WASHINGTON (AP) -- A campaign-season bill to raise benefits for thousands of retired rail workers and cut taxes for railroads appears headed for passage in Congress despite concerns it could drain $15 billion from the budget surplus and permit risky investment in private securities.
The bill arose from two years of negotiations between railroads and unions representing 250,000 workers and 650,000 retirees, widows and dependents -- from every state and most congressional districts -- to overhaul a federal retirement system older than Social Security.
Among other things, it would permit investment of some railroad retirement funds in private securities in hopes of increasing the rate of return to finance an increase in benefits for workers and a $400 million annual reduction in payroll taxes paid by the railroads.
"It is a win for railroads. It is a win for railroad labor. It is a win for retirees," said Rep. Jim Oberstar, D-Minn., before the House passed the bill earlier this month on a 391-25 vote.
The retirement age for rail workers would fall to 60 from 62 and surviving spouses of rail workers would see a sizable increase in their benefits.
But according to the Congressional Budget Office, the railroad pension bill could consume $15 billion of the surplus in fiscal 2001, which begins Sunday. This would occur because a large pension reserve fund now invested in government securities would be transferred to a new trust overseen by a seven-member board, who would invest it in private markets.
That would jeopardize the plan by Republican congressional leaders to set aside 90 percent of next year's surplus to pay down public debt and use the remaining 10 percent for tax relief or additional spending.
"It would be impossible to comply with the 90-10 debt plan," said Sen. Don Nickles, R-Okla., in papers filed with the Senate Finance Committee -- which planned to consider the bill Thursday.
Nickles has proposed simply delaying by one year the effective date of the legislation, which would sidestep the budget surplus dilemma for now. The bill's sponsors also say the hit on the surplus is a one-time cost associated with the redeeming of Treasury bonds, which would eventually result in less public debt and lower interest costs.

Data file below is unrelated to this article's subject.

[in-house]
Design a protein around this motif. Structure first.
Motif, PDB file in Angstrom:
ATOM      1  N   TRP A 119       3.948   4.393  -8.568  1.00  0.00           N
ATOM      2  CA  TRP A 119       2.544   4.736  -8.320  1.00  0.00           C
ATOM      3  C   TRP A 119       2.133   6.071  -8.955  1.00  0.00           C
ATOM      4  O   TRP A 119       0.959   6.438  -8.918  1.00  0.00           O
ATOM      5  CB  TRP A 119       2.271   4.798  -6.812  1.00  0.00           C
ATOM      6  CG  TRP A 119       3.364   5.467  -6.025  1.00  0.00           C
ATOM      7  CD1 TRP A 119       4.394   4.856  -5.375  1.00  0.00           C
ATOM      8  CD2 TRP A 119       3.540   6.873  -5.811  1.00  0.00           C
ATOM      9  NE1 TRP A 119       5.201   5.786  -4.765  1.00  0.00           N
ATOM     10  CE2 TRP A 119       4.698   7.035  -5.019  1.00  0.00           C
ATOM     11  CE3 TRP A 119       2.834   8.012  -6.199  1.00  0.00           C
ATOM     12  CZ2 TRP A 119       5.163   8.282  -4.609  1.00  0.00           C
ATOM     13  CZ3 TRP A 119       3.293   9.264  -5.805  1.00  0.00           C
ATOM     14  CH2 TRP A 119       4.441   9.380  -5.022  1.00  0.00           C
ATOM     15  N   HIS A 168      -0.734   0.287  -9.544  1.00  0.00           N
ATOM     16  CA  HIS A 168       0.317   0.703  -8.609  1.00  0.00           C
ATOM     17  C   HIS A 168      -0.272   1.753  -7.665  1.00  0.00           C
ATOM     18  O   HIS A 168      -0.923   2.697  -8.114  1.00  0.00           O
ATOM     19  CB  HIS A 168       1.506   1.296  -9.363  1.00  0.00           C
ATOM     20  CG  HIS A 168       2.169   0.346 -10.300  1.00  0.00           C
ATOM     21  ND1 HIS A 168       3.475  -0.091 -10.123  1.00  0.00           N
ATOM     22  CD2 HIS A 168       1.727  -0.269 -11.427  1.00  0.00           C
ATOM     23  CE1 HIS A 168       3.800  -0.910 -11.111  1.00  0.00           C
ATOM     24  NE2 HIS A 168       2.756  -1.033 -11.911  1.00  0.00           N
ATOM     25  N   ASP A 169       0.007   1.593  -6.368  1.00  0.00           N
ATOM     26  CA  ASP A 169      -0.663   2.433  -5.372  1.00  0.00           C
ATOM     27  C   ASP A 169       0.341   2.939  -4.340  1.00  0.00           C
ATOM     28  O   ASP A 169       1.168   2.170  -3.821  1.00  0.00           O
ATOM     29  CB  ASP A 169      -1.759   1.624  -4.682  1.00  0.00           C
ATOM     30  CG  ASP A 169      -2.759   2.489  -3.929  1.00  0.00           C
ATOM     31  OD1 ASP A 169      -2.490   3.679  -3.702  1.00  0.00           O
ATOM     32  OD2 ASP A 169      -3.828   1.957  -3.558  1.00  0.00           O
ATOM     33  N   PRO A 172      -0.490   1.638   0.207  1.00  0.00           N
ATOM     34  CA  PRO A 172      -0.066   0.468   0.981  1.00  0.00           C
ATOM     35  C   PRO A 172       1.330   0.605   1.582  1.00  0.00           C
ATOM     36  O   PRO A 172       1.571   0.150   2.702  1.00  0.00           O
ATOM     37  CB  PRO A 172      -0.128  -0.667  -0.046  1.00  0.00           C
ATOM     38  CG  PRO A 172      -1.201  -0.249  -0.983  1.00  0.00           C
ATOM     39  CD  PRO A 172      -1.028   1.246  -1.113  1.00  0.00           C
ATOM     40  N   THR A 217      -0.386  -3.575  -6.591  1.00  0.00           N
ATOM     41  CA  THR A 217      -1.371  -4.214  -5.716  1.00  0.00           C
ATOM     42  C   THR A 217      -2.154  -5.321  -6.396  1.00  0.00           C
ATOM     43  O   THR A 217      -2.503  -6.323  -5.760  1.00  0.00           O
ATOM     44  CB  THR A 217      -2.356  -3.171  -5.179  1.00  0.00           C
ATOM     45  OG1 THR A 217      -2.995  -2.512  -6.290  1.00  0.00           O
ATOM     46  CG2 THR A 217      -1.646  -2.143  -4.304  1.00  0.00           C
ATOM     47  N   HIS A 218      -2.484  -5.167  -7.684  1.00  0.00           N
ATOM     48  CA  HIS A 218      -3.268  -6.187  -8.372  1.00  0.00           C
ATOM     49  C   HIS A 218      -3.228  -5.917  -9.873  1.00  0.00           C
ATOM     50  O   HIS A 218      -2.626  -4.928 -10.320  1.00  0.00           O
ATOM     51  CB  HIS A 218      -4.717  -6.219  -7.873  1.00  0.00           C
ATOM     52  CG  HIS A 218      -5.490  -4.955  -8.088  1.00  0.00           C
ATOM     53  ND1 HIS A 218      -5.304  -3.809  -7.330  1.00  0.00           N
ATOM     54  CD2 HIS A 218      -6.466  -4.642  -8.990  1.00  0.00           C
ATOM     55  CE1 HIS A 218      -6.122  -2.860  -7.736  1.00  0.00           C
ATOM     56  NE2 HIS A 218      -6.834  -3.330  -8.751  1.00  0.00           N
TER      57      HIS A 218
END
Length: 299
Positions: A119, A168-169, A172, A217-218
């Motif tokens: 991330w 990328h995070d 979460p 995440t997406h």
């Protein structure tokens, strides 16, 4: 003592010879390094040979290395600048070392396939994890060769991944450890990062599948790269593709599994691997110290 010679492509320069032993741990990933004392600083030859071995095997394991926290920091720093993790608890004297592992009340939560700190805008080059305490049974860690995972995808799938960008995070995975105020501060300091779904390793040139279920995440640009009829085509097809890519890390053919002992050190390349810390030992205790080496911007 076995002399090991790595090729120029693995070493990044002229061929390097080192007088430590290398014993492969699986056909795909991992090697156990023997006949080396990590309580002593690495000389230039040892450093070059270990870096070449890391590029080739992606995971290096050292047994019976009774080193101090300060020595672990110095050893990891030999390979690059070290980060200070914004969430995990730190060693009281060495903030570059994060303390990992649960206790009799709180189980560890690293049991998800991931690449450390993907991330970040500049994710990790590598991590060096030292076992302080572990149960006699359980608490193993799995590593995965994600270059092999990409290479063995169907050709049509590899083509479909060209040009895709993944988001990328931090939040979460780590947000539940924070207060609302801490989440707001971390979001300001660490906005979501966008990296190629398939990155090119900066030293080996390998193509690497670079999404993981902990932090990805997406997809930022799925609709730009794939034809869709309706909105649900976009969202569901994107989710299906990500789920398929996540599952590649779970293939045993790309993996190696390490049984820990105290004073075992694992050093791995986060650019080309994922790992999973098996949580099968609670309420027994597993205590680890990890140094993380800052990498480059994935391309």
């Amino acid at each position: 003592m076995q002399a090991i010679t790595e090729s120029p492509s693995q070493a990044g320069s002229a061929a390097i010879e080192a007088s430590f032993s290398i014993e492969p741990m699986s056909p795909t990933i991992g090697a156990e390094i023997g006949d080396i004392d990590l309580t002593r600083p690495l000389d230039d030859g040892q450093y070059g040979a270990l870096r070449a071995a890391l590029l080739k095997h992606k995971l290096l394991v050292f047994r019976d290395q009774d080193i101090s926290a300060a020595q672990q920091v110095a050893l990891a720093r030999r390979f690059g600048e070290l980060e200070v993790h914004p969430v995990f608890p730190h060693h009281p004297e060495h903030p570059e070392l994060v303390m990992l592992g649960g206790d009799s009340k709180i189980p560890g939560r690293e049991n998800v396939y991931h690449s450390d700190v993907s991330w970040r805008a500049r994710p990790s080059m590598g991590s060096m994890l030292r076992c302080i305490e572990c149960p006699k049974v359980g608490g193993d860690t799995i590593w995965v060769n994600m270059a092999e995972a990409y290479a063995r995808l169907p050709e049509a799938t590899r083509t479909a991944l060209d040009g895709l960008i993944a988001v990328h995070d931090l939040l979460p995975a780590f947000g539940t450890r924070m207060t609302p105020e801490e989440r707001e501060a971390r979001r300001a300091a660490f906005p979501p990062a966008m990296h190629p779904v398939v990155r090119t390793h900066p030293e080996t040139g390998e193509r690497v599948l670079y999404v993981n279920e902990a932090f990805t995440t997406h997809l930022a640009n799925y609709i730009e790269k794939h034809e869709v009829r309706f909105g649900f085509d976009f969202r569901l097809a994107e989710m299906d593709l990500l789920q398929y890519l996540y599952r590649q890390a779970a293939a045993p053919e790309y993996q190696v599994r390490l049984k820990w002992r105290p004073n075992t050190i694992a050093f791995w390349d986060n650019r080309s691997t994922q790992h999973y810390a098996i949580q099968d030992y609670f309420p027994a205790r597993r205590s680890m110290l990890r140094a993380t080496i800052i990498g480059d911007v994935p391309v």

But other proposed changes would be left in place, including creation of a new, non-governmental board to invest a portion of the pension money in private financial markets.
The General Accounting Office, which acts as Congress' investigative arm, noted in a report on the bill that these investments offer "the prospect of higher returns but greater risk" and that there is no limit placed on federal taxpayer liability if things don't work out.
In addition, GAO estimated that increasing the benefits and reducing payroll taxes would worsen the current system's unfunded liability of $40 billion over 30 years.
The system, the GAO concluded, "could face a more pronounced shortfall if the new investment plan does not deliver the expected results." That could require a tax increase, which would be borne by the railroads, sponsors said.
Some lawmakers, and the White House, are concerned that this system sets a poor example for Social Security, where there are several proposals to permit investment of payroll taxes in private markets.
A White House statement said the legislation "could encourage excessive risk without sufficient safeguards or oversight, in a fashion that would set an unfortunate precedent."
Sen. Phil Gramm, R-Texas, has proposed a series of amendments requiring that any railroad fund tax cuts or benefit increases be contingent on successful returns on the private investments and giving beneficiaries individual rights over their portion of money they've paid in.
There has also been some grumbling among lawmakers about other odd features of the rail retirement system, including a quirk in the law in which income taxes paid by retirees on their benefits are immediately transferred back to the retirement fund -- a transfer amounting to $265 million in this fiscal year.
"This bill maintains a special subsidy available to no other industry," said Rep. Nick Smith, R-Mich.
Still, given the lopsided House vote in favor of the bill and the fact that 78 of the 100 senators are listed as co-sponsors, the measure appears likely to win final approval before Congress adjourns for the year.
Rep. E. Clay Shaw, R-Fla., said one driving force behind the legislation was "seeing the industry and the unions coming together to ask for these changes. This bill is a good thing for the United States taxpayers."
The bill is H.R. 4844.
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